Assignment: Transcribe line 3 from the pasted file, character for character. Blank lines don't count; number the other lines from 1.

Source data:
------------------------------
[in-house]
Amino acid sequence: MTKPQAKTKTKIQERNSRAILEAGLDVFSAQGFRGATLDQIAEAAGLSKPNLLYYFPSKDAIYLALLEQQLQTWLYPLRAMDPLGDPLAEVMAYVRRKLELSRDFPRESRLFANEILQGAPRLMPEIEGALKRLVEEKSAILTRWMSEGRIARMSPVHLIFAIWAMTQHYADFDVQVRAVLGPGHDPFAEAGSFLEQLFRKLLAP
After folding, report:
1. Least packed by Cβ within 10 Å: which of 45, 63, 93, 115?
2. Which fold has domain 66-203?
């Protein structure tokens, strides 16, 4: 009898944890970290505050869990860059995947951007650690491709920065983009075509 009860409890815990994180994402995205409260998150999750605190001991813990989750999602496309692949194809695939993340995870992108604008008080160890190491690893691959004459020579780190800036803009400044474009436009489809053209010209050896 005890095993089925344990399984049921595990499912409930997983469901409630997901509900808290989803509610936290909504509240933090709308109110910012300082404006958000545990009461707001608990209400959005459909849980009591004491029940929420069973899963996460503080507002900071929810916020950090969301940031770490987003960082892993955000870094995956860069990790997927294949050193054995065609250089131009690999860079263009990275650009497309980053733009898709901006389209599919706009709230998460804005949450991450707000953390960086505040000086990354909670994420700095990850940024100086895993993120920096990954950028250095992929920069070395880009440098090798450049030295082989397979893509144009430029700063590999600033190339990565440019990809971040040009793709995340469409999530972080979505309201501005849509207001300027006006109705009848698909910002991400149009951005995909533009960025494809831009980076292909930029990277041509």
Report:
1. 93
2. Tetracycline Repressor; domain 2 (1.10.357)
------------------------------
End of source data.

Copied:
After folding, report: